…is held every day. The delegates come from all over the world and they discuss: pots and pans, copper casseroles and cast-iron roasters, they’re looking for chopping boards, razor-sharp mandolines, moulds and tins and dishes of all kinds, forks and knifes and whisks for all purposes a cook could possibly think of.
Dehillerin is a shop in Rue Jean-Jacques Rousseau, almost 200 years old, a remnant of the fantastic market place “Les Halles” must have been until dismantled and moved outside town to Rungis in 1970/71. They sell what they call Matériel de Cuisine, clients are professionals and passionate amateurs and, see above, lots of tourists from all over the world. The salespeople give them a hard time, believe me, they refuse speaking other languages than noble French and their tone is rustic, to say the least.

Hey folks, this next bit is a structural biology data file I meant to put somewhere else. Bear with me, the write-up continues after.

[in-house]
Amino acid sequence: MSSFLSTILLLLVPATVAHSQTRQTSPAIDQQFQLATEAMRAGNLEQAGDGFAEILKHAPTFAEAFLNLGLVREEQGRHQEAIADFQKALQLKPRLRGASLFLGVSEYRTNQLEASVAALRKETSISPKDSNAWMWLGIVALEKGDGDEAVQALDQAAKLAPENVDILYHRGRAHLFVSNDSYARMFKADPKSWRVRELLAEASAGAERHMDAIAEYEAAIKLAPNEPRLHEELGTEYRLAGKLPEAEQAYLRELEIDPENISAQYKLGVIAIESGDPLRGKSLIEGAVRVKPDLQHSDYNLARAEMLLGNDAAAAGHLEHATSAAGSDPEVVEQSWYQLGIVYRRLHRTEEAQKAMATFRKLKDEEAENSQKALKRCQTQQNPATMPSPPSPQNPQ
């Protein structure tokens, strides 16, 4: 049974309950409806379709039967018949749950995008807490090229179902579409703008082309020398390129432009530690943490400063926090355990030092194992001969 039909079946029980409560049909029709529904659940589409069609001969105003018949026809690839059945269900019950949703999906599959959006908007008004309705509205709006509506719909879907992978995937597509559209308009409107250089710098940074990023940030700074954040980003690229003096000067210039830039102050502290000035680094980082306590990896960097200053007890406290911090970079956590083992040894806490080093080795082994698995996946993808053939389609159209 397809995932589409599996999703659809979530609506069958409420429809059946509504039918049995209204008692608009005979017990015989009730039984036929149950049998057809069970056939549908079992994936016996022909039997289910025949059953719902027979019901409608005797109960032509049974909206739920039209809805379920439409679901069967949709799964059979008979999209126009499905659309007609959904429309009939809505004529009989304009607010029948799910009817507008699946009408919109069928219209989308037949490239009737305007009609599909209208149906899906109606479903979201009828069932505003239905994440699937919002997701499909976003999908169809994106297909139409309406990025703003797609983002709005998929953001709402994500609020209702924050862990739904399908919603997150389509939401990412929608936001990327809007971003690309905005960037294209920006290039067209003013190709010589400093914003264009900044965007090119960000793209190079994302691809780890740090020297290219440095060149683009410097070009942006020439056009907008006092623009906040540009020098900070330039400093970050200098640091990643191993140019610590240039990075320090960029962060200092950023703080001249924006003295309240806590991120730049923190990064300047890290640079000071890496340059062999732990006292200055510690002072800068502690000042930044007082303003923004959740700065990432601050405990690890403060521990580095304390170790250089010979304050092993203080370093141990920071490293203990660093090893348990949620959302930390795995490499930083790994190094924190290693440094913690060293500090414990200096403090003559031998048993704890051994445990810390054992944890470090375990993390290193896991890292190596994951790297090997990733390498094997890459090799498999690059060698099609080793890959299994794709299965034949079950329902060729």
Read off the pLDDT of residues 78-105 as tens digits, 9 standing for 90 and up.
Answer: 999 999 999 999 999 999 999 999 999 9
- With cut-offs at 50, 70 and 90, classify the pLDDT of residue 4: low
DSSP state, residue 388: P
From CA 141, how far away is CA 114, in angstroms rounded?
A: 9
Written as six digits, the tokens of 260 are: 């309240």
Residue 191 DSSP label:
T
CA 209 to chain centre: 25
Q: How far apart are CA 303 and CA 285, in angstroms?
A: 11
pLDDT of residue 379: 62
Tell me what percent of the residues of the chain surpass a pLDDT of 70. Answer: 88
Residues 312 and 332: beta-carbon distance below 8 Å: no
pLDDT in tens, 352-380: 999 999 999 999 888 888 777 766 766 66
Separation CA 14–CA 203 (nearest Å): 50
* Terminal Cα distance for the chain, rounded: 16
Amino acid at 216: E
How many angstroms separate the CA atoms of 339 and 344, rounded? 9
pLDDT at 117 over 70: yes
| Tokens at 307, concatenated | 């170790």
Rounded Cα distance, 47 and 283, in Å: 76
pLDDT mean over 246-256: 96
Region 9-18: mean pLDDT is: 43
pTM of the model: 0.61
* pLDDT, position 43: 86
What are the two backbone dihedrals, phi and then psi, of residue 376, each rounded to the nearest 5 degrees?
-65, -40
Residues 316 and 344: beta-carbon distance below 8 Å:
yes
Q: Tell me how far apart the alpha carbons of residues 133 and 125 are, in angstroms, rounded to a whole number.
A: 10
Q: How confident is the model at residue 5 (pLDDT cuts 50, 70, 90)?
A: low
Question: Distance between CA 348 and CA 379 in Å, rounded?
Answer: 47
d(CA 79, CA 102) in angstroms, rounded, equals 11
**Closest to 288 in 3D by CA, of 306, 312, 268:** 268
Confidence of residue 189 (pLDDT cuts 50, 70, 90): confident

But you won’t care once you’re inside the labyrinth, descending into caves as confusing as Tora Bora and packed with material that is stuffing the rooms like discarded lumber in a long forgotten attic. It is a weird, wildly romantic place, a Parisian icon of its own. I’m afraid though that Dehillerin might be the last man standing in this neighbourhood.
Not long ago, just 50 meters further down the street on the right hand side, a wonderful butcher shop has closed, specialised in poultry and foie gras only to be replaced by a redundant bistro (which is still better than a redundant fashion boutique, I agree). Soon, the whole quartier will be remade and modernized which, in Paris, rarely means that things will improve. Dehillerin will last, hopefully.